24 Feb 2016

Savages : Live at Cambridge Junction

Is there any band today better suited to their name than Anglo/French fem-rockers Savages? We think not. Just weeks after the release of their second LP Adore Life, tonight their UK tour brings them to Cambridge Junction where they tear through an unforgettable set of face-melting songs and formidable stage antics. We were there to explore the vicious world of these rock legends in the making. 

To open the show, Savages have brought along their collaborators/fellow noise-rock overlords Bo Ningen. Hailing from London but with origins in Japan, they’re a hell of a sight to behold, all robes and androgyny underneath their instruments. What did they play? We have no idea – no one seems to understand a word frontman Taigen Kawabe says. But they’re ferocious, vigorous, and they give Cambridge a good seeing to with a hefty dose of psychedelic wizardry. 

Entering to an almost empty stage, save for their instruments and a set of blinding floor-lights, the pack mentality of Savages is clear to see. Noire clothing and solemn expressions are their uniform. Introductions are ignored and Sad Person is unleashed, followed by City’s Full and “a slow but sexy one”, Slowing Down the World. Jehnny Beth’s French purr is intoxicating, but her aggressive stage persona is quite the opposite. She creeps around stage like an animal, to the amusement of her bandmates, as cuts from Adore Life and 2013 debut Silence Yourself are fired out one by one.

A peak is reached during the frantic Husbands which is maintained through Evil, When In Love and The Answer, the latter catching Cambridge off-guard with its sudden reprise at the end. The audience lap up the sassiness from the band who in turn feed off the energy in the room. Hit Me steps things up to a whole new level: Beth explores the front of her audience before stepping from the barrier onto the palms of her baying admirers. She walks over the crowd, the whole time roaring her unforgiving lyrics, before toppling down and rolling back on stage. The whole thing feels as spiritual as it looks, Beth taking the roll of religious deity as the people lunge forwards to just be touched by her.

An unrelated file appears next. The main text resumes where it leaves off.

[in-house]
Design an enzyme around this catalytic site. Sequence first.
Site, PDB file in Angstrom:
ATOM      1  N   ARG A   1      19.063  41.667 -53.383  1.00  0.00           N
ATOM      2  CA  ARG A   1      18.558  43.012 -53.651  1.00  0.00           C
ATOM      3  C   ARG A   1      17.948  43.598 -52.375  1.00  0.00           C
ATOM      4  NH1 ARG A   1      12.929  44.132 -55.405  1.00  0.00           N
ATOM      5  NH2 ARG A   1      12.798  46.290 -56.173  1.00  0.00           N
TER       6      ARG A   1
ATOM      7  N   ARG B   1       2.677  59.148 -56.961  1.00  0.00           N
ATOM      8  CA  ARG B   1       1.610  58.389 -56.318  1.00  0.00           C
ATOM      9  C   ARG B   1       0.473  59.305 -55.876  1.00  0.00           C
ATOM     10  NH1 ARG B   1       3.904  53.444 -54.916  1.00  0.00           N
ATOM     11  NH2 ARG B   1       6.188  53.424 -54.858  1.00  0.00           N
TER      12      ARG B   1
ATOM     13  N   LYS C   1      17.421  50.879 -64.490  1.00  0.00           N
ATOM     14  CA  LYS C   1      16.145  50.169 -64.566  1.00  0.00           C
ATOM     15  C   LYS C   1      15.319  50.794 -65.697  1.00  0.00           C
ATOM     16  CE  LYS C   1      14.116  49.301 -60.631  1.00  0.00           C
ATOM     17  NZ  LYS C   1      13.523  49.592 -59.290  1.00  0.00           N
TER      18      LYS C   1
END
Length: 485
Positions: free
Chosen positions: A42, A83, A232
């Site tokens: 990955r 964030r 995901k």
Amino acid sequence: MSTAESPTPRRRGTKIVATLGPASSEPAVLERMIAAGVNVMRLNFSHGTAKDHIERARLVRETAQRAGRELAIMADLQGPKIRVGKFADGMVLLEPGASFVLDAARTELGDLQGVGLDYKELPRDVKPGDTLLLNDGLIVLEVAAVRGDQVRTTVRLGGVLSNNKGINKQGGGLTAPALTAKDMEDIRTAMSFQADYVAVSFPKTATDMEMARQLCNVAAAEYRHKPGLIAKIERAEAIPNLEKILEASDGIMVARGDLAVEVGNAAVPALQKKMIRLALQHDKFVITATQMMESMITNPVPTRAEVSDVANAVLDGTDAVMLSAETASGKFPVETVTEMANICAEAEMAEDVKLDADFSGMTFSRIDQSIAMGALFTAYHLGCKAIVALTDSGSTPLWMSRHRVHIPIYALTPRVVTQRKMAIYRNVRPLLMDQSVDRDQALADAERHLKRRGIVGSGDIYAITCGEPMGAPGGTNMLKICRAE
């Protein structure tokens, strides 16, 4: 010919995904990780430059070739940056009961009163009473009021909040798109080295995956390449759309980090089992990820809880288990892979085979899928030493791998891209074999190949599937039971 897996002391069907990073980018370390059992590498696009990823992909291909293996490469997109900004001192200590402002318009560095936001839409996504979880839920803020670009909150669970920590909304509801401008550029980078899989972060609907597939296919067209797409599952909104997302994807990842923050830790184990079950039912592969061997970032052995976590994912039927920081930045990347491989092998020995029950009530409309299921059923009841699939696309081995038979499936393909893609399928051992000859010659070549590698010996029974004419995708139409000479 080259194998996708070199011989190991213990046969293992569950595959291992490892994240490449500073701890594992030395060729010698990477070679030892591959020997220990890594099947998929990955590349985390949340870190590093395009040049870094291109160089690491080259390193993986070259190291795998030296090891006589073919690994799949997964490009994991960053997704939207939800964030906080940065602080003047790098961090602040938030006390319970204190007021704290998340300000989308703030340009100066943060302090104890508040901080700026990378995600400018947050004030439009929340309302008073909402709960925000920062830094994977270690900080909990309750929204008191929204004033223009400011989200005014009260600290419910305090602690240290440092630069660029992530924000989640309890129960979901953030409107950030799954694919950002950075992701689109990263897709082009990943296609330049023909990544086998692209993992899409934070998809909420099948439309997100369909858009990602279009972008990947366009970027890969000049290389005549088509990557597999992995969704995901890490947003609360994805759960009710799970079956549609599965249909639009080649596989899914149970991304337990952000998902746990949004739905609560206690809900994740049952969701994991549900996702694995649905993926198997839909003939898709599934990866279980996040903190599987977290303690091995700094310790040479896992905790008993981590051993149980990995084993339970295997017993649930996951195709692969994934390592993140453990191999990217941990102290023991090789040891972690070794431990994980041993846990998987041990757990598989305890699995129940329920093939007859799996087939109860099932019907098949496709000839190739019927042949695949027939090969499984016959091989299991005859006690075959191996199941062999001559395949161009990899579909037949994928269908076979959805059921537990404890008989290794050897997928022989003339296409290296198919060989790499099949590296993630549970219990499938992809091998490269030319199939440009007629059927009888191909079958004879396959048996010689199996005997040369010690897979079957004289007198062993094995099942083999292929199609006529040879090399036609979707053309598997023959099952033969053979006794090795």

TIWYG closes the main set on a bang before Beth and drummer Fay Milton depart, leaving guitarist Gemma Thompson and bassist Ayse Hassan to build up a ferocious introduction to the moody Mechanics. Finally, the crowd are given what they came for: Adore, Savages’ crowning jewel, rolls out like a thunderstorm, its rumbling bassline powering through every essence of the Junction as its almighty crescendo erupts in a flourish of power and emotion. Beth and co. thank Cambridge for their hospitality, before ending with Fuckers, an empowering and energetic conclusion to an unforgettably savage show. 

Words & Photos: Alex Cabré